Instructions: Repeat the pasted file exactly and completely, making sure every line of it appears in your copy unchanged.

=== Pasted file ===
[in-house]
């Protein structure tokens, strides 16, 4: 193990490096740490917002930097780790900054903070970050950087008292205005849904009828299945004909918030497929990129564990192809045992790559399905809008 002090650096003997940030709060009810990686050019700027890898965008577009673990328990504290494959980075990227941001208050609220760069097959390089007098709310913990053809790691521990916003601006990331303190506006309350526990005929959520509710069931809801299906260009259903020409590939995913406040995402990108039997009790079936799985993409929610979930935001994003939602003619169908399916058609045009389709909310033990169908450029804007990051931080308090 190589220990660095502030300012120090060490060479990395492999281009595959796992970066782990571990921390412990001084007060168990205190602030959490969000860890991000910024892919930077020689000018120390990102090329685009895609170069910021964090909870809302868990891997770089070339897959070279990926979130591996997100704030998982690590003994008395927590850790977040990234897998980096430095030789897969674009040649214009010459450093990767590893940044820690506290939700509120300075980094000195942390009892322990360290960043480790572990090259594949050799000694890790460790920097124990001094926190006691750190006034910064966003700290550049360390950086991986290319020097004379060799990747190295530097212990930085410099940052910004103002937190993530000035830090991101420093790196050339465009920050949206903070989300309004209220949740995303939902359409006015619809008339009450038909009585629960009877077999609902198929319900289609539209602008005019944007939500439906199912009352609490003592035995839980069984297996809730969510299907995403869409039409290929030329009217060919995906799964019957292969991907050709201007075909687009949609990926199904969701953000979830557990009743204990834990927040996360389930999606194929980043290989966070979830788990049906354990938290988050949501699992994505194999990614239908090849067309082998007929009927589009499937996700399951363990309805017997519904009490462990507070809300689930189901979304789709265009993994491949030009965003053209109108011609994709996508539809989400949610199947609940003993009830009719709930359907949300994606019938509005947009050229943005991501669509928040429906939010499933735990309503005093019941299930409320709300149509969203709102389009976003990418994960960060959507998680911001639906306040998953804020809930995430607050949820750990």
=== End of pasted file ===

[in-house]
């Protein structure tokens, strides 16, 4: 193990490096740490917002930097780790900054903070970050950087008292205005849904009828299945004909918030497929990129564990192809045992790559399905809008 002090650096003997940030709060009810990686050019700027890898965008577009673990328990504290494959980075990227941001208050609220760069097959390089007098709310913990053809790691521990916003601006990331303190506006309350526990005929959520509710069931809801299906260009259903020409590939995913406040995402990108039997009790079936799985993409929610979930935001994003939602003619169908399916058609045009389709909310033990169908450029804007990051931080308090 190589220990660095502030300012120090060490060479990395492999281009595959796992970066782990571990921390412990001084007060168990205190602030959490969000860890991000910024892919930077020689000018120390990102090329685009895609170069910021964090909870809302868990891997770089070339897959070279990926979130591996997100704030998982690590003994008395927590850790977040990234897998980096430095030789897969674009040649214009010459450093990767590893940044820690506290939700509120300075980094000195942390009892322990360290960043480790572990090259594949050799000694890790460790920097124990001094926190006691750190006034910064966003700290550049360390950086991986290319020097004379060799990747190295530097212990930085410099940052910004103002937190993530000035830090991101420093790196050339465009920050949206903070989300309004209220949740995303939902359409006015619809008339009450038909009585629960009877077999609902198929319900289609539209602008005019944007939500439906199912009352609490003592035995839980069984297996809730969510299907995403869409039409290929030329009217060919995906799964019957292969991907050709201007075909687009949609990926199904969701953000979830557990009743204990834990927040996360389930999606194929980043290989966070979830788990049906354990938290988050949501699992994505194999990614239908090849067309082998007929009927589009499937996700399951363990309805017997519904009490462990507070809300689930189901979304789709265009993994491949030009965003053209109108011609994709996508539809989400949610199947609940003993009830009719709930359907949300994606019938509005947009050229943005991501669509928040429906939010499933735990309503005093019941299930409320709300149509969203709102389009976003990418994960960060959507998680911001639906306040998953804020809930995430607050949820750990």